>ratio of primes is 1/ln n, so I would
>assume that as you approached (inf,inf,inf) you would
>find coordinates (x1,y1,z1) and (x2,y2,z2) such that
>ln x1y1z1 - ln x2y2z2 is arbitrarily close. Any takers
>on a proof or disproof?
ln x1y1z1 - ln x2y2z2 is minimum when x1y1z1-x2y2z2=2.
Assuming this happens infinitely often, then ln x1y1z1 - ln x2y2z2 tends to
From: Leadhyena Inrandomtan [mailto:leadhyena_inrandomtan@...
Sent: 31 January 2002 20:45
Subject: [PrimeNumbers] About that coordinate system...
I apologise if I break any rules of netiquette,
as this is my first send on this post. I am but an
independent mathematician out of Dallas, TX and have
an insatiatable appetite for mathematics and logic. So
here are my two cents on the prime coordinates issue:
There is a way to make the addition of
coordinates work, but you step outside the realm of
integers by doing so. Taking upon the idea presented
by Sergio Ribeiro, you could take the main X, Y, and Z
poles and use the ln of all of the coordinates. Then
by adding X+Y+Z them you get unique coordinates for
all normal (X,Y,Z). Reason is due to Unique
Factorization Theorem: just like multiplied
coordinates in Sergio's system have a unique
factorization, the addition of the three ln
coordinates also equals ln XYZ and this number is
always unique by construction.
I'm not sure if it can be scaled to integers,
using a system such as floor(C*(ln X + ln Y + ln Z)),
finding a C that would give each coordinate a unique
integer value. The reason is due to the distribution
of primes: ratio of primes is 1/ln n, so I would
assume that as you approached (inf,inf,inf) you would
find coordinates (x1,y1,z1) and (x2,y2,z2) such that
ln x1y1z1 - ln x2y2z2 is arbitrarily close. Any takers
on a proof or disproof?
I couldn't forsee the use of such a system,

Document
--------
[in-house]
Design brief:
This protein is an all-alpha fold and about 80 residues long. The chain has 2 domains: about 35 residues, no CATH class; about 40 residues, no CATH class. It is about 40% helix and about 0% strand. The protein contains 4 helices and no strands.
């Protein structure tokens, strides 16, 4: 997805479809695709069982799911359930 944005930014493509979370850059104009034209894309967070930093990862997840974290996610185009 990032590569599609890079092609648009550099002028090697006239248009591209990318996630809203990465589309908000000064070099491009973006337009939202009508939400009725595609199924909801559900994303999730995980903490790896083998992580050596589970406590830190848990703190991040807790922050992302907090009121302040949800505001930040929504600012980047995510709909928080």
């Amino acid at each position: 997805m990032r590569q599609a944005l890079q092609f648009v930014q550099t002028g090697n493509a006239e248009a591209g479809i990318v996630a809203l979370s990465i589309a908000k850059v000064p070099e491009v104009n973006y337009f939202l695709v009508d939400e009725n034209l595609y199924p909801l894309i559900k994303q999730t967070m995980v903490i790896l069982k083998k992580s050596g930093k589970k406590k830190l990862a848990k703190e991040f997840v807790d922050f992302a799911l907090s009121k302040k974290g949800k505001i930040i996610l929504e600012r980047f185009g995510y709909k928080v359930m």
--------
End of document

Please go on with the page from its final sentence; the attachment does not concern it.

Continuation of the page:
however. Cantor already proved that Z^3 and Z are the
same cardinality and this would also prove the same,
albeit more romantically (not necessarily more
elegant, but more aesthetically pleasing ;). You
already have a real number for every R^3 coordinate,
in a somewhat more dense fashion. I could see the
interesting possibility of adding two ln XYZ
coordinates together, because the pair of coordinates
added together could be deconstructed from the sum,
using the same reasoning above. (three coordinates
however IS impossible by the presented method)
As far as the philosophical debate, I say
whatever floats your boat. What matters except for the
mathematics? Why step outside of the mathematics? It's
only symbols; It's inherent in nature; It's man-made;
it's created by God; Man is God whatever. What matters
is the mathematics. To put in my two cents though,
this is how I see it: Logic is god, and reality is
just the symbols of god flying around to the winds of
logic. No personification. Mathematics is simply the
practice of putting symbols on paper and letting them
dance on the winds of logic. But does it matter to the
mathematics? As long as math doesn't try to supercede
logic, we're on solid ground.
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